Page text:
• Call Weingarten at 215-573-9235 to schedule an appointment with a learning instructor who can help you utilize this calendar, make a plan for your studying, or help you manage multiple papers and assignments.
  • Schedule time to attend the Study Hacks for Reading Days workshops:
    • Monday, April 23rd from 5:00 – 6:00 p.m. at the Weingarten Center
    • Tuesday, April 25th from 5:00 – 6:00 p.m. in ARCH 110
    • Register at goo.gl/iGH4rk
Enjoy the rest of your spring semester!

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Remember Weingarten is here to help!

By: Kelcey Grogan, Learning Instructor and Research Fellow

Study Strategies: Long Term Project Management & Goal-Setting

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I submitted my dissertation earlier this month. A dissertation is essentially a book that takes years of writing and researching to complete. Now that I can look back and reflect on the process, I want to share some tips that really helped me get through the longest project of my life. In this post, I’ll talk about specific strategies for setting goals and sticking to deadlines. Check back next week for part two of this series, where I will cover the self-care initiatives I pursued while writing in order to stay well while completing my dissertation. If you have a final paper or project looming in the not-so-distant future, read on to see how you can create a plan for success!

  1. Identify the due date.

Most, if not all, of your big projects will have a definitive due date. If there is not one, create a due date for yourself that fits best in with your other final exams, projects and papers. We have 2018 – April-May Calendar available at the Weingarten Center to help organize all of your final obligations. See when your busy times are, and plan around them. If you have all set dates for your exams, papers and projects, write them in now so that you can begin preparing in advance.

  1. Work backwards to plan intermediate due dates.

Some of you may have intermediate dates included in your final project description (i.e. Writing Seminar Portfolio). For everyone else, creating intermediate due dates along the way for small steps is a great way to keep chipping away at a larger project. Once you’ve identified the due date, work backwards from that date to today’s date and create a to-do list. We have Long Project Planning Sheet (pictured below) available at the Weingarten Center to help you plan things out, but you can also do this on an app (such as Wunderlist) or on a regular piece of paper.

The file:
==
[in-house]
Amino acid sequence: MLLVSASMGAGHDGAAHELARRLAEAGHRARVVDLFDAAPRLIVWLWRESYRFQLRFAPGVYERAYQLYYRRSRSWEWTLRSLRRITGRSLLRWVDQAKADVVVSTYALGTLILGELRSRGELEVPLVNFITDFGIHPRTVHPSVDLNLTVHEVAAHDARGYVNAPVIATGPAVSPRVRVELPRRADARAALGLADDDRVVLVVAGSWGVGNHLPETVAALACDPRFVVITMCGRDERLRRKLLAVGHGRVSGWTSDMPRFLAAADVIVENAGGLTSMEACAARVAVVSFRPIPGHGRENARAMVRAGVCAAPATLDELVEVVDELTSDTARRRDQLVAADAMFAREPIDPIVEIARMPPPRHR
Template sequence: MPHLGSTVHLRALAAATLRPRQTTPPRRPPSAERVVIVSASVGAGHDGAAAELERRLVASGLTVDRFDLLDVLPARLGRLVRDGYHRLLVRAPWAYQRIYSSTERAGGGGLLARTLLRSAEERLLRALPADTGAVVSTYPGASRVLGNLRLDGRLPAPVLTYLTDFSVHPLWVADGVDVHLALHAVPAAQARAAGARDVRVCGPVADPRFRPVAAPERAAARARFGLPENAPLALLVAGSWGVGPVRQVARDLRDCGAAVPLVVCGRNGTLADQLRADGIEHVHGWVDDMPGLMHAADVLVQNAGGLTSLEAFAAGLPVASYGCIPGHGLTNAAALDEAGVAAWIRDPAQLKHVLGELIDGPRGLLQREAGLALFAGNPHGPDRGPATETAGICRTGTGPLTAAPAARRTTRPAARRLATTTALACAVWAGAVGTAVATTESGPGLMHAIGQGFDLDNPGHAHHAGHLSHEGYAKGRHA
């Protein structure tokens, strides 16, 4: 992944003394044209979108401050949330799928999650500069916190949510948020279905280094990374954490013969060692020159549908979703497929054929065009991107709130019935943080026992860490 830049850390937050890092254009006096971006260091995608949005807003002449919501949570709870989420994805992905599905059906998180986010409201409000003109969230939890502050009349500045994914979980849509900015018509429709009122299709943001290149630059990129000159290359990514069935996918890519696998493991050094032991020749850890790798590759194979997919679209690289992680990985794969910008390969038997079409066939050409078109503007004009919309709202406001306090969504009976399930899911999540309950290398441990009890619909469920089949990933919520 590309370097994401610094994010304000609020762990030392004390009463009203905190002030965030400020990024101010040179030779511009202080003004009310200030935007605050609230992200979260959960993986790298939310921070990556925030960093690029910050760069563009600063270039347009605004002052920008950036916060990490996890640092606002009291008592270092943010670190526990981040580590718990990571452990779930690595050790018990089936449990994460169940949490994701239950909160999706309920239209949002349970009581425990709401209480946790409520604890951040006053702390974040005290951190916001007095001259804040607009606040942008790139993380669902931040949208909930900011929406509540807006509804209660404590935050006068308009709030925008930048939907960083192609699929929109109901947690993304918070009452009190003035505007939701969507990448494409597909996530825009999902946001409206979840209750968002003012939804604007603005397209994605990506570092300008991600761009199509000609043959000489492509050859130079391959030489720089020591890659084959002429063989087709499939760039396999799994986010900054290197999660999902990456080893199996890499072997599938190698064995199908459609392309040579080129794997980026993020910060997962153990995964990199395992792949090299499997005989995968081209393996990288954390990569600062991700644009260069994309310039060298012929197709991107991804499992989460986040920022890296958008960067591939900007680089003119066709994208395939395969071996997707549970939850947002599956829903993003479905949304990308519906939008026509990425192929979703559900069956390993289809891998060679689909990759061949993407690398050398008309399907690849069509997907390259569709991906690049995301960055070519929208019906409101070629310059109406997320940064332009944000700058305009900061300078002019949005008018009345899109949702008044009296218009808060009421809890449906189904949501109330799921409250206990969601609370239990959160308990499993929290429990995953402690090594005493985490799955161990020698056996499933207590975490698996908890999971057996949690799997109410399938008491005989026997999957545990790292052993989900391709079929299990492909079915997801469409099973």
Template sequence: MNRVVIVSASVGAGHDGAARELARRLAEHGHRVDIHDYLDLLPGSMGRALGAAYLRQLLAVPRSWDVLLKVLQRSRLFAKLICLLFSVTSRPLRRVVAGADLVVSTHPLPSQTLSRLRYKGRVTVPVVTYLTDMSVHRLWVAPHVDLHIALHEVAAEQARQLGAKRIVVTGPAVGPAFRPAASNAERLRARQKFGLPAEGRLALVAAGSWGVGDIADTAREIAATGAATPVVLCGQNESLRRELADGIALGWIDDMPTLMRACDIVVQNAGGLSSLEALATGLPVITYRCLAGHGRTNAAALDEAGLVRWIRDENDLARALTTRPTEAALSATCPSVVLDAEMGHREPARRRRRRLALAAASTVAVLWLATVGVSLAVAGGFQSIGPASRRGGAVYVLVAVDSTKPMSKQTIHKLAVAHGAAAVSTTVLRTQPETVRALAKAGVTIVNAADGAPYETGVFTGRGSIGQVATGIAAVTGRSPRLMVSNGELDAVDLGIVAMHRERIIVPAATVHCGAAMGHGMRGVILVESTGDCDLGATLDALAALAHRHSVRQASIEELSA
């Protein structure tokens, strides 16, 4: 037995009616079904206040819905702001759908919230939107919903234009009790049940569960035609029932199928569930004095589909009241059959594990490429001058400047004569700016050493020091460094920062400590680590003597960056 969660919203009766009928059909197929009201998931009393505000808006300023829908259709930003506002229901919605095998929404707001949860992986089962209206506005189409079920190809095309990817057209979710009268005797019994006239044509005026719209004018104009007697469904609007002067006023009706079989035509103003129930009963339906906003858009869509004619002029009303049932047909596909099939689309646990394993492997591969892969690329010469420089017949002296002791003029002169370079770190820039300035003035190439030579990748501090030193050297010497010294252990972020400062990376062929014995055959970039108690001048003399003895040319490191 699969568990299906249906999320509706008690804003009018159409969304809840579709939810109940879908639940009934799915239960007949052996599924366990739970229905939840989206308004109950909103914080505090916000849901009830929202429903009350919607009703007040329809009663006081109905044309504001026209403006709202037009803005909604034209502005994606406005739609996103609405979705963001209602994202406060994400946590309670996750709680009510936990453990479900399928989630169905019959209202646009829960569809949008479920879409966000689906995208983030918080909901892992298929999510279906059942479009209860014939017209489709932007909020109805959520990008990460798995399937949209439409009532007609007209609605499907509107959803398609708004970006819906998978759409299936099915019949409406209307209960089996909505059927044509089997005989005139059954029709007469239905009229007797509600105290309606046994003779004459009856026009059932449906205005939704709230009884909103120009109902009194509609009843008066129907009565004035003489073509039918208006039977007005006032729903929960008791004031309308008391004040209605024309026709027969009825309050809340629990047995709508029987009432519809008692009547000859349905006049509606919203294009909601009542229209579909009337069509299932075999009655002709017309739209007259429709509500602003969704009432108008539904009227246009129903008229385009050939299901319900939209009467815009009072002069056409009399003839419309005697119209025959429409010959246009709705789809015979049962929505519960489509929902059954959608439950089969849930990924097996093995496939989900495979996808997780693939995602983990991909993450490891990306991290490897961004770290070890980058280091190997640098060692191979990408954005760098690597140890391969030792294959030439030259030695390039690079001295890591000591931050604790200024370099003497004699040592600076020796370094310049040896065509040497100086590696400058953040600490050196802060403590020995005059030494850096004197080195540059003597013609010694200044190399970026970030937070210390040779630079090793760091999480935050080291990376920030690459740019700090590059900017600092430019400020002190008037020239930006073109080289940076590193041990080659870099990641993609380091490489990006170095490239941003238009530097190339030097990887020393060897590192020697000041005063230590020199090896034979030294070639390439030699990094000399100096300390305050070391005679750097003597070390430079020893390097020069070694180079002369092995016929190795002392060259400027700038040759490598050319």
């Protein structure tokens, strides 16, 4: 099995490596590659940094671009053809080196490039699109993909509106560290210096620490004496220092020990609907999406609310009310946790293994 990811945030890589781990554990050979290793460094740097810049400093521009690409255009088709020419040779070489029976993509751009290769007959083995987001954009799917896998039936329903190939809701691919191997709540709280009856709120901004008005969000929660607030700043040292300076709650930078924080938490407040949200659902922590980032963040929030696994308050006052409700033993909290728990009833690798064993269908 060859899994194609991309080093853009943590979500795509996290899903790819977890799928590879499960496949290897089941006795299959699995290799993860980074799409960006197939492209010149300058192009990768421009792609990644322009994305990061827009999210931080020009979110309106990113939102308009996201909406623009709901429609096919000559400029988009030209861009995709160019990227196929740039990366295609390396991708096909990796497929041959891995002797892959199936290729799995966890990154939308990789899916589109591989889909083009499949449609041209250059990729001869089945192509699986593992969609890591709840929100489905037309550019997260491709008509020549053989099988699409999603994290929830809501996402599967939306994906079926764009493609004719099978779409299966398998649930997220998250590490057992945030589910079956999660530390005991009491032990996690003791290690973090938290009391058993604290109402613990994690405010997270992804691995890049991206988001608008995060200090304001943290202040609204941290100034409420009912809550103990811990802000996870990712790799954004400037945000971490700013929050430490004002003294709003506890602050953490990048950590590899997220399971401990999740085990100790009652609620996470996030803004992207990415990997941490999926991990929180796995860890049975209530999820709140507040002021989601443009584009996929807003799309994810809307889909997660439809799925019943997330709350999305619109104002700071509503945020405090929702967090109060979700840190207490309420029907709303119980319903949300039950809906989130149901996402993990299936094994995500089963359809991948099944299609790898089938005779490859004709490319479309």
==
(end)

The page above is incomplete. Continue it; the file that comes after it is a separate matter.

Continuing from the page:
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  1. Create manageable goals for small chunks of time.

Once you begin creating a to-do list, break your project up into a series of very small steps in order to be successful. For example, the first task on my to-do list is always to re-familiarize myself with the prompt or task. Reread the assignment description, and then check that off your list! You’re already making progress. After that, your steps should never take more than 1-2 hours to complete, and you should take a break in-between. If you’re writing a paper, break the paper up into sections (introduction, argument 1, conclusion, etc.) and make each section a different task.

  1. Find an accountability partner.

Speaking your goals aloud to someone else will make you more likely to complete them. Once I set my intermediate deadlines, I shared them with everyone from my friends and classmates to my dissertation advisor. That way, when the deadline neared, I knew I had to turn something in because others were expecting drafts. Find someone in your class, a friend or roommate who you can check in with periodically. Make an appointment at the Weingarten Center or the Marks Family Writing Center and bring a section of your paper there. Check in with your professor during office hours so you can share your progress.